Food Trends We’re Watching

Some of the trends we are interested in right now include, but aren’t limited to:

Speed and Convenience

In an “always-on” world, accessing easy choices for food whenever and however has become increasingly valued by consumers. Americans ordered nearly two billion takeout meals last year with digital ordering surging.

The binary choice of “eating in or dining out” is being transformed into a continuum of options — from scratch cooking with grocery-bought ingredients, to grocer-purchased prepackaged foods, to meals which are prepared only requiring reheating, to meal kits, to restaurant prepared meals for delivery/pickup, to in-restaurant dining with its myriad of options, to virtual and physical social dining clubs, to home chef exchanges — and many gradations in between.

Connected startups will continue to facilitate the breadth of options, empowering people to eat whenever prepared however.

Healthy Affordability

It’s undeniable that there is an obesity epidemic in this country and throughout the world. Processed foods have contributed to the problem in part because they’re not only more convenient, but also quite typically less expensive. We believe that the tradeoff between health and affordability is a false dichotomy, and that software-enabled startups can help reduce that reality. Digital informational content can help educate and influence behavior, and technology-enabled food prep and delivery can extend access to more nutritional eating options.

Supply Chain Efficiency

Behind the scenes, the route ingredients follow to get to your plate can be inefficient and cumbersome. The transportation link between producers, wholesalers, retailers/restaurants, and consumers isn’t always the most direct or efficient. In many cases along the way, the path is still planned and tracked with paper and pencil or cumbersome manual spreadsheets.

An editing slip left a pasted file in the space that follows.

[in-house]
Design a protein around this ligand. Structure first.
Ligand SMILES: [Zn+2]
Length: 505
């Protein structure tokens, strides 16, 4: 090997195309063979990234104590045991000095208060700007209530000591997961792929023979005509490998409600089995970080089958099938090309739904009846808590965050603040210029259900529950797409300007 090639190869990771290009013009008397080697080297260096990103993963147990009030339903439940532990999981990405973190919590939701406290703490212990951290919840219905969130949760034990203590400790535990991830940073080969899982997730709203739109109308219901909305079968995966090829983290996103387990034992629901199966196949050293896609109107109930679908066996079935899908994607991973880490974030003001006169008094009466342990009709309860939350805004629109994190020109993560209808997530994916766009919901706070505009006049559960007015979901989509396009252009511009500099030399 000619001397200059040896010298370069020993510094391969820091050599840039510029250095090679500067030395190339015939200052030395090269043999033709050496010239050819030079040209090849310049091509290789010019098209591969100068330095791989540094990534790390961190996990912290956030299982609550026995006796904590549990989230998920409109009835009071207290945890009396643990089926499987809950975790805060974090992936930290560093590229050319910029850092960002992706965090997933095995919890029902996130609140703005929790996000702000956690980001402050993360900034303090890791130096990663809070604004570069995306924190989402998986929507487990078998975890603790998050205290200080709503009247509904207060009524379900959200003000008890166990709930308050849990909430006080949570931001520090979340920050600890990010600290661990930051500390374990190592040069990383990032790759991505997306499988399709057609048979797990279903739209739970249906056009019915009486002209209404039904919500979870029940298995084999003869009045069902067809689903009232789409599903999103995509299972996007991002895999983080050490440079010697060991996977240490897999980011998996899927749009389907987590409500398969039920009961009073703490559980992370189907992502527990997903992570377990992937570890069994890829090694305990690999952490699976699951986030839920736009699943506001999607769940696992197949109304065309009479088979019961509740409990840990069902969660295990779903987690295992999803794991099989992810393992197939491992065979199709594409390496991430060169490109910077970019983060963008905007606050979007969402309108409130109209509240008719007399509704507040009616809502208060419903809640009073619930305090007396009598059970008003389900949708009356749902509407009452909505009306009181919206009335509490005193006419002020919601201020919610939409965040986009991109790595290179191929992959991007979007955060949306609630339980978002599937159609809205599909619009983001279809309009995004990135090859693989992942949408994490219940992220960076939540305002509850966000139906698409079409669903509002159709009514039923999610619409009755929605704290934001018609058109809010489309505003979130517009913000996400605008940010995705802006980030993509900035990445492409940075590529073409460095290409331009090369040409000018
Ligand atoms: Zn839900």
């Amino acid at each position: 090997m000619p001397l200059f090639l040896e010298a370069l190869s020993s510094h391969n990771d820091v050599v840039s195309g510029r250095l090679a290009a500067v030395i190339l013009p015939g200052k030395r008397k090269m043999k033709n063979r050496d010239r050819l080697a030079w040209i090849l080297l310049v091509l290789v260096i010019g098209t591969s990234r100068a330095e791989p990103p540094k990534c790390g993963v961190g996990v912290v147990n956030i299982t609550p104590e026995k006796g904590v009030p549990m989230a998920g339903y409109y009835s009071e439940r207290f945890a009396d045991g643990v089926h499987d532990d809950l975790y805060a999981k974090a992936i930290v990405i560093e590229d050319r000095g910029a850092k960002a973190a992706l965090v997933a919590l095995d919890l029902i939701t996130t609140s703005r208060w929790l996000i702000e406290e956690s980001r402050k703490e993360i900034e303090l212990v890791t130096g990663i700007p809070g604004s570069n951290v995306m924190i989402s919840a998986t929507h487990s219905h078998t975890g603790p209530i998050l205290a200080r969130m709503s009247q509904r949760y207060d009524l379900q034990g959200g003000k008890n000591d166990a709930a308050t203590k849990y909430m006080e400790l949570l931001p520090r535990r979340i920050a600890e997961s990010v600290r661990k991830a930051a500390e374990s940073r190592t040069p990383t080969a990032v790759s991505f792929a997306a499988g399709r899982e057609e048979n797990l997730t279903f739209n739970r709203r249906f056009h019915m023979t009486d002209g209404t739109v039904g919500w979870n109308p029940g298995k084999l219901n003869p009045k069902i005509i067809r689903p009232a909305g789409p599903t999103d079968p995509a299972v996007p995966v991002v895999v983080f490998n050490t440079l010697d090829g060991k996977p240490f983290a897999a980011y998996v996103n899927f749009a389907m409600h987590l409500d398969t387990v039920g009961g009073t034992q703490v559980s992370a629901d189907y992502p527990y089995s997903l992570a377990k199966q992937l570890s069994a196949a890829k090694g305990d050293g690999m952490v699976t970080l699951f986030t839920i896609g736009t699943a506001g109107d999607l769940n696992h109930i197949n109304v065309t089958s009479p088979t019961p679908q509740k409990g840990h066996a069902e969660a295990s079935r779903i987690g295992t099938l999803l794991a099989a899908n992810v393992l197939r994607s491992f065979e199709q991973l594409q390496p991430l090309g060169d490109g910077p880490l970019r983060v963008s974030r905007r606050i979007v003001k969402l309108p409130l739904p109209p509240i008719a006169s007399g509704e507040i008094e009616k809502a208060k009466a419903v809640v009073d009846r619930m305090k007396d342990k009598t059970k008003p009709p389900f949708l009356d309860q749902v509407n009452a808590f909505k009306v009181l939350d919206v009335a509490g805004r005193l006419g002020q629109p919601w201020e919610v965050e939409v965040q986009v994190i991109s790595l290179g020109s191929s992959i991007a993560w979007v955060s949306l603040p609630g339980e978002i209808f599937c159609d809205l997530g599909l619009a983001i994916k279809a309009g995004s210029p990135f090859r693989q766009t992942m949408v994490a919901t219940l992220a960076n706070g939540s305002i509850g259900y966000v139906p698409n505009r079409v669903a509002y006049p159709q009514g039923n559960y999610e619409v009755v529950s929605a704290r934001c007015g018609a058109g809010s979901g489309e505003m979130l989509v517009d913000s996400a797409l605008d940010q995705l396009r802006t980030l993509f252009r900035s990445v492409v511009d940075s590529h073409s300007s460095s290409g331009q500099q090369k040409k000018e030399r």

This situation leads to both meaningful food waste in addition to increased costs for all parties (and ultimately the consumer). We believe that startups have a unique opportunity to think radically differently about how that journey unfolds.

It’s amazing a how basic daily necessity like food has transcended its initial function to become an experience, and technology has helped facilitate and enhance that transition. As part of the Everyday Economy, we believe that food is ripe for more innovation from connected startups.

David Beisel

David Beisel is a co-founder and Partner at NextView Ventures. He has been focused on early stage Internet startups his entire career, both as an entrepreneur and venture capitalist.

As an investor in the digital media space, David was most recently a Vice President at Venrock and previously a Principal at Masthead Venture Partners. Prior to becoming a venture capitalist, David co-founded Sombasa Media, an e-mail marketing company best known for its flagship product BargainDog. Sombasa was successfully acquired by About.com where David served as Vice President of Marketing.

David holds an MBA from the Stanford Graduate School of Business and an AB in Economics, magna cum laude and Phi Beta Kappa, from Duke University. He also founded and leads the Boston Innovators Group, an organization which holds quarterly entrepreneur events drawing a thousand attendees.